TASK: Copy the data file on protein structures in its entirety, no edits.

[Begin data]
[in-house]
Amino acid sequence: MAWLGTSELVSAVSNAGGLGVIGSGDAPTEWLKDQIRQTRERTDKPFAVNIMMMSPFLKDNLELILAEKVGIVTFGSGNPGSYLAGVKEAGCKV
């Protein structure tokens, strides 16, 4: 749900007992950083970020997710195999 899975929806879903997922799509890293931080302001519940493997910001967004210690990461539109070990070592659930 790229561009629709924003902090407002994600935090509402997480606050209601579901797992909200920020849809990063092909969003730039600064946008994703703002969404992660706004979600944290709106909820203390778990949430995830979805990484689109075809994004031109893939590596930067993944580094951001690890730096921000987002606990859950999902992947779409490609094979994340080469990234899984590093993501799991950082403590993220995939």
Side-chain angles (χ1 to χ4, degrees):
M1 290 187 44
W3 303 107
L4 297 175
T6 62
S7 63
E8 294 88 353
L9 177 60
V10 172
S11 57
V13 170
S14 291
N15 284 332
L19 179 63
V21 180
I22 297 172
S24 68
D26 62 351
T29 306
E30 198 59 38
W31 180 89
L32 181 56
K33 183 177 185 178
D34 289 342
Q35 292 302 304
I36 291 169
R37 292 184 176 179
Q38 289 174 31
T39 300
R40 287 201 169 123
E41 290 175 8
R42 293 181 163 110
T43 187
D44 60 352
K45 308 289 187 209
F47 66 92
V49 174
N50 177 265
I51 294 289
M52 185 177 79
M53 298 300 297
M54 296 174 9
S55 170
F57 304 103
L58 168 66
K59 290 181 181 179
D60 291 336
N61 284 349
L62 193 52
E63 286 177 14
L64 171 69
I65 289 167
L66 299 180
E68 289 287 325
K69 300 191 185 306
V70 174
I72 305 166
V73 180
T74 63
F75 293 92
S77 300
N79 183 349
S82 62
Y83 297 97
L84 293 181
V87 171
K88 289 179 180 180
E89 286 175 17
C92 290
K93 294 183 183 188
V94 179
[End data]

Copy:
[in-house]
Amino acid sequence: MAWLGTSELVSAVSNAGGLGVIGSGDAPTEWLKDQIRQTRERTDKPFAVNIMMMSPFLKDNLELILAEKVGIVTFGSGNPGSYLAGVKEAGCKV
């Protein structure tokens, strides 16, 4: 749900007992950083970020997710195999 899975929806879903997922799509890293931080302001519940493997910001967004210690990461539109070990070592659930 790229561009629709924003902090407002994600935090509402997480606050209601579901797992909200920020849809990063092909969003730039600064946008994703703002969404992660706004979600944290709106909820203390778990949430995830979805990484689109075809994004031109893939590596930067993944580094951001690890730096921000987002606990859950999902992947779409490609094979994340080469990234899984590093993501799991950082403590993220995939």
Side-chain angles (χ1 to χ4, degrees):
M1 290 187 44
W3 303 107
L4 297 175
T6 62
S7 63
E8 294 88 353
L9 177 60
V10 172
S11 57
V13 170
S14 291
N15 284 332
L19 179 63
V21 180
I22 297 172
S24 68
D26 62 351
T29 306
E30 198 59 38
W31 180 89
L32 181 56
K33 183 177 185 178
D34 289 342
Q35 292 302 304
I36 291 169
R37 292 184 176 179
Q38 289 174 31
T39 300
R40 287 201 169 123
E41 290 175 8
R42 293 181 163 110
T43 187
D44 60 352
K45 308 289 187 209
F47 66 92
V49 174
N50 177 265
I51 294 289
M52 185 177 79
M53 298 300 297
M54 296 174 9
S55 170
F57 304 103
L58 168 66
K59 290 181 181 179
D60 291 336
N61 284 349
L62 193 52
E63 286 177 14
L64 171 69
I65 289 167
L66 299 180
E68 289 287 325
K69 300 191 185 306
V70 174
I72 305 166
V73 180
T74 63
F75 293 92
S77 300
N79 183 349
S82 62
Y83 297 97
L84 293 181
V87 171
K88 289 179 180 180
E89 286 175 17
C92 290
K93 294 183 183 188
V94 179